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REVIEW: HAUPPAUGE HD PVR 2 – GAMING EDITION PLUS

Dude, I totally P0wned this n00b last night…

Most have my gaming friends have approached me at some point and started a conversation with the above (we’re gamers, there’s no time for pleasantries like “how are you?”).  Strangely the description of events never seems to warrant the enthusiasm with which it’s delivered, it seems that in this case a picture really would be worth a thousand words.  If that’s the case, Hauppauge are helping gamers deliver billions of words at a time by facilitating full HD movies of your gaming conquests.

The HD PVR range is designed to capture content from HDMI sources and record them on a PC or Mac, and from there you can edit and share to your hearts content.  The idea is that you feed your video output from your games console into the Hauppauge box, then connect the box itself up to your TV via HDMI, and to your PC or Mac via USB.  That way you can continue to play games in real time, while recording the output from the console onto your computer.

Aesthetics

The “HD PVR 2 Gaming Edition Plus”, to give it it’s full title, is designed to sit in amongst your existing consoles without looking too out of place.  If I had to guess, I’d say that Hauppauge took the design of the later Xbox360 models and borrowed some design cues in order to arrive at this.

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The box itself isn’t much bigger than a DVD case, which makes it quite easy to position amongst your other gadgets.  It’s pretty light as well, which does lead me to believe that Hauppauge could have made it a bit smaller, if they’d really wanted to.  The LED band around the device changes colour to indicate connectivity and whether or not your recording, but it’s not so bright that it detracts from your gameplay.

Connectivity

The HD PVR2 GEP sits between your HD source and your TV, so it’s no surprise to see dual HDMI connectors on the back.  For XBox 360 and PC’s this makes connectivity pretty simple, but PS3 and Wii owners are still able to connect using the component video input and the provided leads.

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Unfortunately, PS3 owners aren’t able to make use of the HDMI connections, as the PS3 uses HDCP to prevent connectivity to non-approved devices.  However, Hauppauge provide you with all of the cables that you need to receive full HD content via component leads, which is awesome.

All of the leads you’ll need are included in the box, but unless you have your PC sat right next to your HDTV then you’re going to need to invest in a 5m USB lead.

Using it

The PVR2 GEP makes use of free software from Hauppauge which allows you to monitor and record the output of your consoles in real time, you can even add a voiceover track from a microphone attached to your computer.

I found the user interface to be pretty easy to use, and was up and running within a few minutes recording my own videos.

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The ability to edit the volumes of the HDMI source and the mic independently was a great help for me in producing sample videos, and would be really useful for anyone making a tutorial or looking to report a bug.  Of course, if you’re using your Xbox headset during a game then the sound will be piped via the HDMI connection so you’d need to sort out your audio levels on the console and not on the PC.

Hauppauge are quick to point out that the hardware in the PVR2 downscales the video stream in order to reduce the workload of the PC, but I still found that my main gaming rigs fan kicked in at full speed while streaming in full HD.  If you do have trouble with recordings then there are presets available to capture your video in lower resolutions.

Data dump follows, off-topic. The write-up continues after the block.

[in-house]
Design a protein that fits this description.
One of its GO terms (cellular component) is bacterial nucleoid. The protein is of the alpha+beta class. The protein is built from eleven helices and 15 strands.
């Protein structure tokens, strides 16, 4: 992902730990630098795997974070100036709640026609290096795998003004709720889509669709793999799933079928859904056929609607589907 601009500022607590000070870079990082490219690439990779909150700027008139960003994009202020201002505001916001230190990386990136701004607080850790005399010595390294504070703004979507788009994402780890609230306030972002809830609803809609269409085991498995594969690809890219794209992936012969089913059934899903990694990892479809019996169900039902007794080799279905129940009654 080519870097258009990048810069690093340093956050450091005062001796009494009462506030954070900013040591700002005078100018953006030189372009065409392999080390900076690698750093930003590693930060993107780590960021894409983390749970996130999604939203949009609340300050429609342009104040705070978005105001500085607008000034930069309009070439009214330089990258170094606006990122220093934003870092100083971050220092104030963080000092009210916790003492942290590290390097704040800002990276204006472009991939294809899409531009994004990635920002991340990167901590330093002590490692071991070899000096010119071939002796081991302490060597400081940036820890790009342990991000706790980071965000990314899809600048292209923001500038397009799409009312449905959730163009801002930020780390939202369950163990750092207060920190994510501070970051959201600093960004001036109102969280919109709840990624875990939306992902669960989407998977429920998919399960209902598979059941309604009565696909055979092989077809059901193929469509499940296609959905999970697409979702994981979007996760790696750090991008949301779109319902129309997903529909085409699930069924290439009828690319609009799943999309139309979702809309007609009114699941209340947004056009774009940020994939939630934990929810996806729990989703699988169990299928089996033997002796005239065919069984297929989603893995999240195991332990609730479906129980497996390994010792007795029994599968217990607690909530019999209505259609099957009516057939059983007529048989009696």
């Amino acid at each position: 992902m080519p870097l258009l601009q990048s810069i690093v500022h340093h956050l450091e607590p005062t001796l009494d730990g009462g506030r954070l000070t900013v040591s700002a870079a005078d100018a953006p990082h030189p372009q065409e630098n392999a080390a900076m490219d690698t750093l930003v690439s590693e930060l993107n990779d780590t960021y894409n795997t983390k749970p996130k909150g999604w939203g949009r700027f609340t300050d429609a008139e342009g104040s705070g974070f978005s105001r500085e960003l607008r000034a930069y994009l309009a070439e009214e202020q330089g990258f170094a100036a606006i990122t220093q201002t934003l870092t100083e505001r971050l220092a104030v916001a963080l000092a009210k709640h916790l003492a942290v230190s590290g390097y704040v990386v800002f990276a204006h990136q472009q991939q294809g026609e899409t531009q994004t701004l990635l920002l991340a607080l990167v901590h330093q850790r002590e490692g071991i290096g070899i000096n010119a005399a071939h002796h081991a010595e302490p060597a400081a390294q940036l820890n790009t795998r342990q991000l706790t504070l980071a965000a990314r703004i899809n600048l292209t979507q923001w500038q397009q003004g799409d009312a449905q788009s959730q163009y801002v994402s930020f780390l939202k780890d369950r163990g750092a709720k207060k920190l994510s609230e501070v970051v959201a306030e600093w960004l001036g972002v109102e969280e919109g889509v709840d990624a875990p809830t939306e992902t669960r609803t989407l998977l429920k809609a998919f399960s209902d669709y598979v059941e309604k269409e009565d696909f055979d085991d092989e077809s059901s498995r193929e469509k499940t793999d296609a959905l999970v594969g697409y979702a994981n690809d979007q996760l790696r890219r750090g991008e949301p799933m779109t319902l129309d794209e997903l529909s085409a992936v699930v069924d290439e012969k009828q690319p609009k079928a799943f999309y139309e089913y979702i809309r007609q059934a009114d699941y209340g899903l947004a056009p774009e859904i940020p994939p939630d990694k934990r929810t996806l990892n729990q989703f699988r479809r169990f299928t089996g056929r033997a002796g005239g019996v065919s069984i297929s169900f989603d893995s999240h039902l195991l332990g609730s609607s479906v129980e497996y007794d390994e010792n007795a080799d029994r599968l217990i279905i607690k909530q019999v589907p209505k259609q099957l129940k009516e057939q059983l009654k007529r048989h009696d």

You can also add your own branding or watermark to your videos so that they’re easily identifiable online, and once you’ve recorded you can upload to YouTube and other sources directly from within the software.  Of course, if you want to edit the videos first then you can access the MP4 file directly and manipulate it however you choose.

To give the system a fair crack, I took some sample video of Dead Rising for the Xbox360 and uploaded it direct from within the software to YouTube:

I’d recommend that you click through to YouTube and watch the video in HD in order to get the full effect.  In terms of video quality, there’s not much lost in the capture, though you might be able to pick up a few blocky areas in places, but generally performance is good.

Conclusions

If you’re looking for a way to capture gameplay from your consoles then you could do worse than this offering from Hauppauge.  Aesthetically it won’t look out of place in amongst your existing tech, and the output is perfectly viewable in full HD.  You also get enough leads to connect anything up without any hassle, although some of them could be longer to allow for better placement of devices.

If you’re a Mac user then you’ll find suitable capture software available online, and Windows users get to make use of Hauppauges official package.

While creating my own videos in full HD, I found that there was sometimes a second or so delay between the live feed on the TV and the image shown on my PC screen.  This led to a couple of issues with voiceovers as the audio was a second or so ahead of the video.  This was fixed by downscaling to 720p, though, so it looks like a more powerful PC would be needed to minimise the problem at higher resolutions.

The only downside to this product is the high price that Hauppauge are asking for.  At £140 it’s too rich for me, and I’m someone who’s business could benefit from owning the product.  At that price, only the most extreme gamers will be tempted, which is a shame as in all other respects it’s a good product.

PVR2 Review

Author

Matt

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